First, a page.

There was a gasp and suddenly, there was movement in bones and muscles that had not stirred for months. Nurse Cardiff caught sight of it first as she was keeping half an eye on the boy, and she saw how his eyes started to bulge and how his mouth stretched to swallow oxygen like a fish on dry land.

"Dr Fendman! The patient! Something is wrong with the patient!"

The doctor tore his gaze off the peculiar guest (something about her, something about her cold unnatural eyes, had mesmerized him) and turned to the catatonic young man, whose chest was heaving up and down in violent shocks. His lungs seemed to be filled with liquid, and a horrible, disgusting smell came up as a black gooey substance bubbled out of his nose and mouth.

Nurse Cardiff was absolutely horrified.

"Dr Fendman?!"

"He's choking! My God, where does all this black stuff come from?"

Luce watched how the patient lying in the bed was heaving and flopping, his face and hands turning blue while the eyes rolled over white. She uttered a scream and her black hair changed into a nest of hissing black and red ring snakes. She ran up to the soul, her upper lip pulled back in a spiteful sneer, teeth pointed and hooked.

"What have you done you miserable worm?!"

"Me? Nothing! Got friends in high places, you see. Although you wouldn't know, not anymore ever since they kicked you out of there."

"This is NOT fair!" She shouted and looked up, careless now whether the others in the room could hear her or not; "This is NOT how it should be! You screwed up! You were the one who made the fatal mistake! You've lost your chance with this one! He should be MINE now!"

Dr Fendman leaned over and breathed into the patient's mouth, ballooning up his cheeks. He breathed into his patient again and again, his hands pressing on his chest.

"Breathe dammit! Breathe!"

The smell of decay hit him like a slap on the back of the head. My God, he thought to himself, it was as if he was breathing into a rotting corpse.

"Nurse! Call for medical assistance! He needs a tracheotomy!"


"Miss, I would have to ask you to leave this room!" Dr Fendman insisted rather sternly. "The situation is critical!"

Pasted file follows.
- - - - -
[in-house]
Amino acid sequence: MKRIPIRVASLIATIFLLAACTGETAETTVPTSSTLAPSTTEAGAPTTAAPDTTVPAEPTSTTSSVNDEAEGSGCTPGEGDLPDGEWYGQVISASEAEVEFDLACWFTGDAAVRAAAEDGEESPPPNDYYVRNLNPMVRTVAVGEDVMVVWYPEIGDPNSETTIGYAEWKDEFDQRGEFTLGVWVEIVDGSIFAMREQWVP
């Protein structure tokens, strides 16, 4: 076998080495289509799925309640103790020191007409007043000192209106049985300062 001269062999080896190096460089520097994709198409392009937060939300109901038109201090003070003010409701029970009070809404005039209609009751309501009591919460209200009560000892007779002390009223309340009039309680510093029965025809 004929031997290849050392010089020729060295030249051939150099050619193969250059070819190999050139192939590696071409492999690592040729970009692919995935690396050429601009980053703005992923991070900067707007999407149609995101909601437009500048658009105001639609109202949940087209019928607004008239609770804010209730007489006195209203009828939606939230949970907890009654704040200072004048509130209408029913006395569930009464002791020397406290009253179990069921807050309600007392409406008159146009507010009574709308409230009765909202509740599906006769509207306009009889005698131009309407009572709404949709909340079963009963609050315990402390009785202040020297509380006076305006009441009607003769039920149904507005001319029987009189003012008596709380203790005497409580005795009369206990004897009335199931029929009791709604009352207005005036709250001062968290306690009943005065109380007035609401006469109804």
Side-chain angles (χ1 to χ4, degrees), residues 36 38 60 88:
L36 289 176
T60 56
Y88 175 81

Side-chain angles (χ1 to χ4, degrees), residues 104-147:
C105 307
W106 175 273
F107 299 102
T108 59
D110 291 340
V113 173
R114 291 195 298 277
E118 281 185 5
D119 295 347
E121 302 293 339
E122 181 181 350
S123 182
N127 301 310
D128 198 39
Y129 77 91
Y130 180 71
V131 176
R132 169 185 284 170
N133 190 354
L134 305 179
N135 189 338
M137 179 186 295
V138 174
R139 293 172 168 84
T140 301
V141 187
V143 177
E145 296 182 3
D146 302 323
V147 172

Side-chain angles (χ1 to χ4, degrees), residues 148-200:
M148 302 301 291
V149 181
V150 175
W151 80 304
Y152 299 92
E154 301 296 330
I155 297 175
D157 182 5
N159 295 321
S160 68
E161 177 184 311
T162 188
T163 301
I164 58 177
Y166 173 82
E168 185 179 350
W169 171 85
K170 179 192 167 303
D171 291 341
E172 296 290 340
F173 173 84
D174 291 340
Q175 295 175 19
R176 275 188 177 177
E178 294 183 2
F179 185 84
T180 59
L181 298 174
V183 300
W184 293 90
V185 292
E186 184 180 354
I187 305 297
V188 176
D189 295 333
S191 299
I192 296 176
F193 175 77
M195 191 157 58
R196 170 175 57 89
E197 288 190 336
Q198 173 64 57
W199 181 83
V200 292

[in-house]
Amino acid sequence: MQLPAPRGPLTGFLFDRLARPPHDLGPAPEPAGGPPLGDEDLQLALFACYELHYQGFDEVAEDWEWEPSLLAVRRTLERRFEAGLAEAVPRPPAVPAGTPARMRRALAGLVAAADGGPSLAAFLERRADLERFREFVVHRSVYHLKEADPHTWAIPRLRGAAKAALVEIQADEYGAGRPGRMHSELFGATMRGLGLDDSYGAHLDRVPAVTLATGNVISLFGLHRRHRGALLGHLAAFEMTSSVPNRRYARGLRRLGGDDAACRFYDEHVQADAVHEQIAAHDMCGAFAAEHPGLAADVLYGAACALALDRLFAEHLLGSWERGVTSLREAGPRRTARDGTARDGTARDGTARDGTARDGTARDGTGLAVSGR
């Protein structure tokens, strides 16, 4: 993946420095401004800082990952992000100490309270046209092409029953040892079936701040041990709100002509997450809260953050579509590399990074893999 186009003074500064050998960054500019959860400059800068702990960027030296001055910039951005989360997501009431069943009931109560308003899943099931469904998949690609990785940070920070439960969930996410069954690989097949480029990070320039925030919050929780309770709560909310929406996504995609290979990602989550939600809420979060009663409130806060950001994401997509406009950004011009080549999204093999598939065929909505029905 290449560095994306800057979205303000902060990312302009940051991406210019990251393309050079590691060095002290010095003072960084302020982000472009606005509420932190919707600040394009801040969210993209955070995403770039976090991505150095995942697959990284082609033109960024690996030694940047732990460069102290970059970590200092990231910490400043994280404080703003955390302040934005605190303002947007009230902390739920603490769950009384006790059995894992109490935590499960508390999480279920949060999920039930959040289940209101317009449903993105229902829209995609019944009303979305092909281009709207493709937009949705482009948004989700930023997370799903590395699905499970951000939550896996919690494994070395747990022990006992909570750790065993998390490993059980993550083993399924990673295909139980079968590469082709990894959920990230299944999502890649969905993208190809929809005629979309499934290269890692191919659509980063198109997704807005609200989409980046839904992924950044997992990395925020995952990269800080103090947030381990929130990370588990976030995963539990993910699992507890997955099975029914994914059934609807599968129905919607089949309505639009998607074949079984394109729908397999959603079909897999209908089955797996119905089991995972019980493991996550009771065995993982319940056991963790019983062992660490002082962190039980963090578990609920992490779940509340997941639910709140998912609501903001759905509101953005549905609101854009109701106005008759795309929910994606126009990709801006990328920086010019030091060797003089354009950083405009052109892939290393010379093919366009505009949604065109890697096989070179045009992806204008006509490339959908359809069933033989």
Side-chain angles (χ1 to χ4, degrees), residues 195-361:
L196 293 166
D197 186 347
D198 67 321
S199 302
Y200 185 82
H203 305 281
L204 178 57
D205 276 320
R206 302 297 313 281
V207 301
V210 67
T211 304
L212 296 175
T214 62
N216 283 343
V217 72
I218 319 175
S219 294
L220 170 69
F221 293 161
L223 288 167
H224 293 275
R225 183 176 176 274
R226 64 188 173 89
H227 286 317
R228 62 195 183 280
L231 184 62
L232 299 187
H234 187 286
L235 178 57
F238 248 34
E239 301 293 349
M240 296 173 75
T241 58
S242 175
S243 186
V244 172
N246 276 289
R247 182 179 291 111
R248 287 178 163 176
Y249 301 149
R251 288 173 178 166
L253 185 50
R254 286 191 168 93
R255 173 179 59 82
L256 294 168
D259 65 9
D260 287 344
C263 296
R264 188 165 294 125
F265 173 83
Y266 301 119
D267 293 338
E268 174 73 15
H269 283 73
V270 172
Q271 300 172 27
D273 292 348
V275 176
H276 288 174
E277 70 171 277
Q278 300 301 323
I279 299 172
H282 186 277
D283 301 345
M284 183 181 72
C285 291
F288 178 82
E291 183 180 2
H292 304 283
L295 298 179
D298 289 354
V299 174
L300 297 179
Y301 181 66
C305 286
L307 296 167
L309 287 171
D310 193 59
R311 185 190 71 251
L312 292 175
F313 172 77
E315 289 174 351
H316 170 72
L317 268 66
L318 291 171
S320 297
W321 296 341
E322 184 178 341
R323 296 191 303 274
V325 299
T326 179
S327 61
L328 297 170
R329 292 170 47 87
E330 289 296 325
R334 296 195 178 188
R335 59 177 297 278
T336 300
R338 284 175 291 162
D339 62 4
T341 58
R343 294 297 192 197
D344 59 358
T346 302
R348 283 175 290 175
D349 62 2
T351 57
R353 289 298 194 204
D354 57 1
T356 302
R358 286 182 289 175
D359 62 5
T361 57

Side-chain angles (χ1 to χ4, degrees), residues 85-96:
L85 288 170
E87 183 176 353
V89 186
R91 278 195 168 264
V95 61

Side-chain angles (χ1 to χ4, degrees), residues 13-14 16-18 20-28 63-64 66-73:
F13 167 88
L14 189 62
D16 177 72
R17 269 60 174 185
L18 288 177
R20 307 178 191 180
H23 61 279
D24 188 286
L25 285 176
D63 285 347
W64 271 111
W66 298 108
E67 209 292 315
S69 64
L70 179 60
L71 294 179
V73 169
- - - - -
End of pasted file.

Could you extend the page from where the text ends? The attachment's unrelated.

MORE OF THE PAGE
`This is not over! You hear me! William Byron, you and your delusional demon friend are going to end up in the infernos of hell! I promise you that!!"

"Miss! You really have to leave now!" Nurse Cardiff tried to grab the woman who was apparently hysterical by her arm to drag her outside, but to her bewilderment, her hand passed right through her, as if she was shaped out of nothing but thin air.

"Good Lord in heaven." She whispered.

"Oh shut up about the Cheating Old Git! I've had about enough of Him to last me the rest of the entire century!"

She turned, ink black eyes glancing malignantly at the astounded nurse, her ruby lips curled into a hateful grin.

"Oh, and don't bother trying to save him." She nodded toward the patient, struggling for breath. "His cards are laid, complements to that God of yours! Even I couldn't save the poor wretch from his web of intrigues. What could a bunch of worthless human beings do?"

She turned around on her heels, and paced out of the room without opening the door, her body passing through the material like a beam of sunlight through the water a shallow lake. Through the small glass panel, nurse Cardiff's gaze followed her walking in the corridor, her high-heeled shoes crossly ticking on the tiles. She watched her till she disappeared again through another solid barrier, the double door at the back end, and then, she finally turned around, her face pale and her hands shaking, and staggered over to the phone to call for assistance.

When they arrived, her patient had already stopped heaving and gasping and flopping. Everything had stopped, even the beating of the heart, which was the last organ to give up the futile struggle. His eyes were still open when the Dr Fendman wrote down the young man's name and filled in the time of death in the blank form, and told her to call the morgue to collect the body. After the medics had left, she was alone with him for a short while, and she had chance to say goodbye to her sweet boy. She leaned forward and carefully, she moved her fingers over his eyes, closing them.

"I don't know what happened to you." She whispered, sadness straining her voice. "But I'm sure she didn't got it right. William Byron will not spend eternity in hell. God is kind and forgiving. And I do believe that you're a good boy. You will be carried away by them to a much nicer place."

She placed a kiss on his damp forehead and wiped away the last tears from his cheeks. Although he had never spoken a word to her, she somehow knew that he would appreciate that. He looked like he was sleeping now, quiet and peaceful, his hands resting by his side.

The spirit that had been watching over him for the last six months stood by the side of the bed. He was facing nurse Cardiff, and saw how the kind woman kept caring for him till the very last moment. Although the he was not visible to her, it seemed that she could still sense his presence. She stayed in the room, and took a book from the nightstand. A copy of David Copperfield. The corners of the pages were curled and the cover was worn. She sat down beside his bed and opened it on page 246.

"It will take a while before they get here. So maybe I can keep you company and read a little to you."

She read to him in that quiet little room, while the sun stretched the barred shadow of the window and the yellow glow cast on the walls turned to orange, then red. it was only after sunset, when William Byron's soul had finally departed from this world, that she closed the book and placed it back. The entire space seemed much darker now, and much, much colder. Quietly, she stood up and walked out of the room, closing the door behind her.
The End.